When Awful Decoy Setups Work

By author of The Duck Blog

Even a lame duck spread can bring in birds if you’re where they want to be

Decoy placement can make or break a hunt. But some days, good fortune covers up your mistakes. Photo © Forrest Carpenter

Decoy nuts fuss and sweat about the placement of every block, but ducks often laugh at our plans, flaring from textbook spreads. Now and then, however, they finish like champs to decoy configurations we’re embarrassed to claim.

I’ve been a decoy nerd for more than three decades, but willing ducks have bailed me out on several occasions when I failed epically at spread design. Of course, I succeeded only because I was hunting spots where ducks wanted to be, but I was OK with that. Consider these memorable days over laughably awful spreads.

The Thin White Line

Dozens of black-and-white ducks shimmered on the rippling South Dakota slough, so I grabbed my decoy bag, slipped under a fence, and headed for a bulrush-covered point. My optimism faded when I floundered in chest-deep water just 5 feet from shore.

Too deep, I thought. I’ll never get the decoys out.

Still, birds continued to crisscross the point within range, and I only needed three more to fill my daily limit. With little to lose, I placed six canvasback decoys ridiculously close to shore in a line and then stuck a spinner on land. Anyone watching from the nearby road would have choked with laughter.

Most of the bluebills at the slough ignored my pathetic attempt, but two drake buffleheads and a drake ringneck bought the program well enough to let me finish the day. As a bonus, decoy pickup was astoundingly easy.

Ducks don't recognize finely configured J-hooks. They simply react to realistic situations — even when hunters might think they've failed. Photo © Jeff Gudenkauf

A Pair Apart

Daylight was breaking as I struggled to lug my skiff through thick shoreline cattails. I was running late, and only minutes remained until shooting hours opened. I’d intended to toss out a loose spread of puddle duck decoys to entice the mallards and wood ducks that had been using the small lake, but I quickly scrapped that plan.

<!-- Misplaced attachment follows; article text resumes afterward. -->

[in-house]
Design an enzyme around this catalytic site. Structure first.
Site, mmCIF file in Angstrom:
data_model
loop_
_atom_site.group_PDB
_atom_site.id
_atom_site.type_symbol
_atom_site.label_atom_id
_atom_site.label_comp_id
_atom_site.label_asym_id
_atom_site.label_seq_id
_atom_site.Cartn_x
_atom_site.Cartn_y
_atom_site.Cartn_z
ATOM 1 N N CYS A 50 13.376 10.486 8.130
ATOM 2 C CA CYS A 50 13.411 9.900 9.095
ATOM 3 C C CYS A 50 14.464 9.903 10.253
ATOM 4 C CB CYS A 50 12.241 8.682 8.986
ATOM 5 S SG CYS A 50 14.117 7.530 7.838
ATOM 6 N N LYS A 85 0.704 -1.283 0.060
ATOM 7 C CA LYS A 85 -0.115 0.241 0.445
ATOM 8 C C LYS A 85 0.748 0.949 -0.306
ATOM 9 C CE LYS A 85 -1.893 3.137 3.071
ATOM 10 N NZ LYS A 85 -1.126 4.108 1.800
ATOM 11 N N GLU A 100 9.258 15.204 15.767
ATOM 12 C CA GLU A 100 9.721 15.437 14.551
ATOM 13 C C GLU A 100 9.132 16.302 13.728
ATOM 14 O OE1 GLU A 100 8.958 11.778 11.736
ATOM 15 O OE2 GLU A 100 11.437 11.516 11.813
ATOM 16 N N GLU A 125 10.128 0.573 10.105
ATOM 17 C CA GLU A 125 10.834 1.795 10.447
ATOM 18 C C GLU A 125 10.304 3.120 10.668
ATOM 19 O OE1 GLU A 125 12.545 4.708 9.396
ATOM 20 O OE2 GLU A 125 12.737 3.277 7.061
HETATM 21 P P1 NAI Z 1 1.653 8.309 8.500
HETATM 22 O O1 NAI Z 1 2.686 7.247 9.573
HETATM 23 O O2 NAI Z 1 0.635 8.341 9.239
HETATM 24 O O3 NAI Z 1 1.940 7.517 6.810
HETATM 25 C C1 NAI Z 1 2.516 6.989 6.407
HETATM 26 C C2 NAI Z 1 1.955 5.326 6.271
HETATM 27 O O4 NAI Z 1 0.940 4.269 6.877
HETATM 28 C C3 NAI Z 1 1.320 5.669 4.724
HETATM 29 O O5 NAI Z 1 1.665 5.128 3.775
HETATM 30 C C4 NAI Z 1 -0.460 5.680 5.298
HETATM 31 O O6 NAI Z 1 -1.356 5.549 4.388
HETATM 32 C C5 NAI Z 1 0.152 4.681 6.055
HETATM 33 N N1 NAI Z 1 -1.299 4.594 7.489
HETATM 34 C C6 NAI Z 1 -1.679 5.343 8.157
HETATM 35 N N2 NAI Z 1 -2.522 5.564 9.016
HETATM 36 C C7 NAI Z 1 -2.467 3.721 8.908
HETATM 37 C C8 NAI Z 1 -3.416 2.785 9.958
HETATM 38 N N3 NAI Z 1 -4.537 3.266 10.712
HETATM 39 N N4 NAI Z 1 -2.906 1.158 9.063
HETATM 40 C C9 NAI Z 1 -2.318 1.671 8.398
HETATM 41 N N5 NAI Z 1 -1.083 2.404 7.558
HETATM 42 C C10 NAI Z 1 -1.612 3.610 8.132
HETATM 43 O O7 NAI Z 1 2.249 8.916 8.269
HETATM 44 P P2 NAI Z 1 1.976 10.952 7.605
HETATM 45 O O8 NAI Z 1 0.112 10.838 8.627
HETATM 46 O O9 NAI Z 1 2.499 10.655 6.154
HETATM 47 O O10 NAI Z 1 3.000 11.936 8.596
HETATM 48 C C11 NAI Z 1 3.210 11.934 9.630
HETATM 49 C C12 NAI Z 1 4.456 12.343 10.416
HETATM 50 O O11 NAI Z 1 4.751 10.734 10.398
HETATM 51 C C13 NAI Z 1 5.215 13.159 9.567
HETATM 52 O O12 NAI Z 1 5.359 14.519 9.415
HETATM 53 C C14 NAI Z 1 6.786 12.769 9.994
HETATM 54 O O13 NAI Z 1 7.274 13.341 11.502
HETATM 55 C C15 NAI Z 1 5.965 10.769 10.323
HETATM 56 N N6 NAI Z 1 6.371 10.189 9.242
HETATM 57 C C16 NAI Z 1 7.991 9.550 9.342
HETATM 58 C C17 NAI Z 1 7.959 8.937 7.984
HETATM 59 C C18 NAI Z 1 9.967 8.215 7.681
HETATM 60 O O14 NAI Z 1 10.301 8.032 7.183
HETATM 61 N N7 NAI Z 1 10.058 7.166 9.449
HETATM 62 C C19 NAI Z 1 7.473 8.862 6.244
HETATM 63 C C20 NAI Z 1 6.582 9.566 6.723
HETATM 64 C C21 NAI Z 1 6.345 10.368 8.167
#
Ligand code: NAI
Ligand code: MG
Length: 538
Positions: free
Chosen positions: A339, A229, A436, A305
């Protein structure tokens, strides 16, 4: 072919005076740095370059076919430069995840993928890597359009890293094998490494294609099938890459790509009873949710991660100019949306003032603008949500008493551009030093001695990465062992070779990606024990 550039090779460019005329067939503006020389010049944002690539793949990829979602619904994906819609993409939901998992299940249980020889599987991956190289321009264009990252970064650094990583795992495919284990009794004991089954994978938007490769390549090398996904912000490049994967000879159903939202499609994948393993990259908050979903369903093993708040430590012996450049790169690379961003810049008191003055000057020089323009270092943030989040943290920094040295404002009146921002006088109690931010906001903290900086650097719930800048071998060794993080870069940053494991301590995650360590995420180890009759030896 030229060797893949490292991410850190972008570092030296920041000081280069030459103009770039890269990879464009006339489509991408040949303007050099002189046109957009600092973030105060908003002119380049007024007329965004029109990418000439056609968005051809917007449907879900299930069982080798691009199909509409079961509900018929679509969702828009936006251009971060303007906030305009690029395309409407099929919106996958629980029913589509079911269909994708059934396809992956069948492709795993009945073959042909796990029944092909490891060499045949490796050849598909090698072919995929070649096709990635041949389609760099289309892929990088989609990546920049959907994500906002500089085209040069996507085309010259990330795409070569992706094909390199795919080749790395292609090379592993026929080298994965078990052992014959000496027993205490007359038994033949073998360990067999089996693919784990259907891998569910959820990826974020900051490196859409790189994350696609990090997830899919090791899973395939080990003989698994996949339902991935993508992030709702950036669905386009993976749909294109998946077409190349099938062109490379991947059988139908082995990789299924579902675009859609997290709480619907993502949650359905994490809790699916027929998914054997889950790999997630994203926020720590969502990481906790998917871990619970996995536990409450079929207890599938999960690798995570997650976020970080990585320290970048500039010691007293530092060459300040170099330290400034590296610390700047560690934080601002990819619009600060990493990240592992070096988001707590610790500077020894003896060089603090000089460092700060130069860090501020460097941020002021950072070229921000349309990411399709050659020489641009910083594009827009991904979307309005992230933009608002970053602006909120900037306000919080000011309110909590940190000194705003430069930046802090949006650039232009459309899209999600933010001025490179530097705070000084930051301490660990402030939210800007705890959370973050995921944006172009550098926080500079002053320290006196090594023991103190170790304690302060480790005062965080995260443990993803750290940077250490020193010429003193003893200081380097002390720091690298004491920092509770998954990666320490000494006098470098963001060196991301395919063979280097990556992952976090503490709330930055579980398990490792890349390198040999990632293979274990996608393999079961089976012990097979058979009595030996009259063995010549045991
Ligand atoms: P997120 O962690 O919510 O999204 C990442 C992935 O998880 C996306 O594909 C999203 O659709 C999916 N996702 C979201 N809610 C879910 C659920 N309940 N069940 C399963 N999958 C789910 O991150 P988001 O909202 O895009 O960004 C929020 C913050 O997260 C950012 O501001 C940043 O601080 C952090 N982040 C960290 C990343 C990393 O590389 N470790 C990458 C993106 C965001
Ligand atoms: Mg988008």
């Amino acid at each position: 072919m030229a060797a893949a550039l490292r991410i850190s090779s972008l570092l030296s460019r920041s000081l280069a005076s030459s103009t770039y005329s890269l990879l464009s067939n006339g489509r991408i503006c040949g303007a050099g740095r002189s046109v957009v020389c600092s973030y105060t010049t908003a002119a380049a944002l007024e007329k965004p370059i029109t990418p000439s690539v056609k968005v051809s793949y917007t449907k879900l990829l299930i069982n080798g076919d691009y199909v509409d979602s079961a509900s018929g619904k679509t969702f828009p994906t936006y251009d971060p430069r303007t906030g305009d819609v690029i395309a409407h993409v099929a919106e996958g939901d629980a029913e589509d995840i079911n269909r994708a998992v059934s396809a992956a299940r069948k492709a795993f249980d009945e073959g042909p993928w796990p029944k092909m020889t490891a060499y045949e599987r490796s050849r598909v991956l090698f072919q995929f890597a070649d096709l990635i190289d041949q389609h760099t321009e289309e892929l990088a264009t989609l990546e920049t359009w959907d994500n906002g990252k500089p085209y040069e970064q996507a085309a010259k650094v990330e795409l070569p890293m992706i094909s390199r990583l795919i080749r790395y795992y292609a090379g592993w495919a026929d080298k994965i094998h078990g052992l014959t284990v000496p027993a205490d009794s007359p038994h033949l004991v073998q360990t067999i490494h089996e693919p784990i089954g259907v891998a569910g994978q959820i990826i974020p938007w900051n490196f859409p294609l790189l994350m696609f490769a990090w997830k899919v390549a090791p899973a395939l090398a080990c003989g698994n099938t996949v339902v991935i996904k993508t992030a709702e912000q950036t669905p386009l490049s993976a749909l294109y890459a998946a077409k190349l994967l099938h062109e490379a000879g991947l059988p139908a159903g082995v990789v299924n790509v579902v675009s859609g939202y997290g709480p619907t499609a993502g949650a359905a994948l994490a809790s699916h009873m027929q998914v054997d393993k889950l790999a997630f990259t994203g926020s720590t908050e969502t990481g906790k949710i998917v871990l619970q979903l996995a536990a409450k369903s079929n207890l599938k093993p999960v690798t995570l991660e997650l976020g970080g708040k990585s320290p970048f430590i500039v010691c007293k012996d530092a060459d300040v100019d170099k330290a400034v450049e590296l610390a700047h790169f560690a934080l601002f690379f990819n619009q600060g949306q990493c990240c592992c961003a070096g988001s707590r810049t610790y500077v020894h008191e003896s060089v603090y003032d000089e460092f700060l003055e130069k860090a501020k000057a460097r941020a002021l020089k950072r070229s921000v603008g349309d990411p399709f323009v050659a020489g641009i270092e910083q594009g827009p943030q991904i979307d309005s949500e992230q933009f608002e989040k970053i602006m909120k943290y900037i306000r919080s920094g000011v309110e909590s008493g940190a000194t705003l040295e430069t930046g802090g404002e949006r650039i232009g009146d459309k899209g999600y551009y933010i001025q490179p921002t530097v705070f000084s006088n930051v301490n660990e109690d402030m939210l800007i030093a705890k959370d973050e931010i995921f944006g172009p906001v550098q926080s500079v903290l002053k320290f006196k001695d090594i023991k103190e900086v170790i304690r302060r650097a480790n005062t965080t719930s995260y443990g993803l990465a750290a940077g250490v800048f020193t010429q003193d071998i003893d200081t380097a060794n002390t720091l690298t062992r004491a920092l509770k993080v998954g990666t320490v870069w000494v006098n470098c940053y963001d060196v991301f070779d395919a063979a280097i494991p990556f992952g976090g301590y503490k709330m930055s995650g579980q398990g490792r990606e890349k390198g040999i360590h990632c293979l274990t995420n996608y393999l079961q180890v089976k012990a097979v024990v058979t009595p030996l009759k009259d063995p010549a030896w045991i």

Just throw a couple out, I thought. I need to be ready at first light.

So I tossed a drake mallard fake to the south and a hen mallard block to the north and then paddled hard for the shoreline. I’d barely loaded my gun when hissing wings sliced through the early fall air and a dozen mallards descended on my “spread.” Two fell. Two wood ducks and a pintail soon joined them in the boat. And just 15 minutes later, the flight was finished.

I chuckled at having taken five birds over two blocks, one of which rested on its side. Those ducks wanted that spot so badly that I needn’t have bothered with any decoys.

Tangled Up (and Bluebills)

Youth and stubbornness go hand in hand, often excluding common sense. For example, when my buddy and I began layout hunting 30-some years ago, we determined we needed to set two or three lines of decoys perpendicularly behind the boat to act as blockers in our spread. That worked fine the first two days we hunted, but day three brought a stiff wind and building waves. And because we sucked at boat control, we quickly tangled three mother lines — 36 decoys — into a twisted mess that resembled the chaotic rubber-duck pond at a children’s playground.

“To heck with it, let’s hunt,” I said. “We can untangle them later.”

So we did. And we quickly piled our bluebill limit in that old boat.

It took us about three hours with frozen fingers to remove every decoy, separate the lines and reassemble the mess. We did it cheerfully because we’d succeeded despite our stupidity. But we never ran lines behind the boat again.

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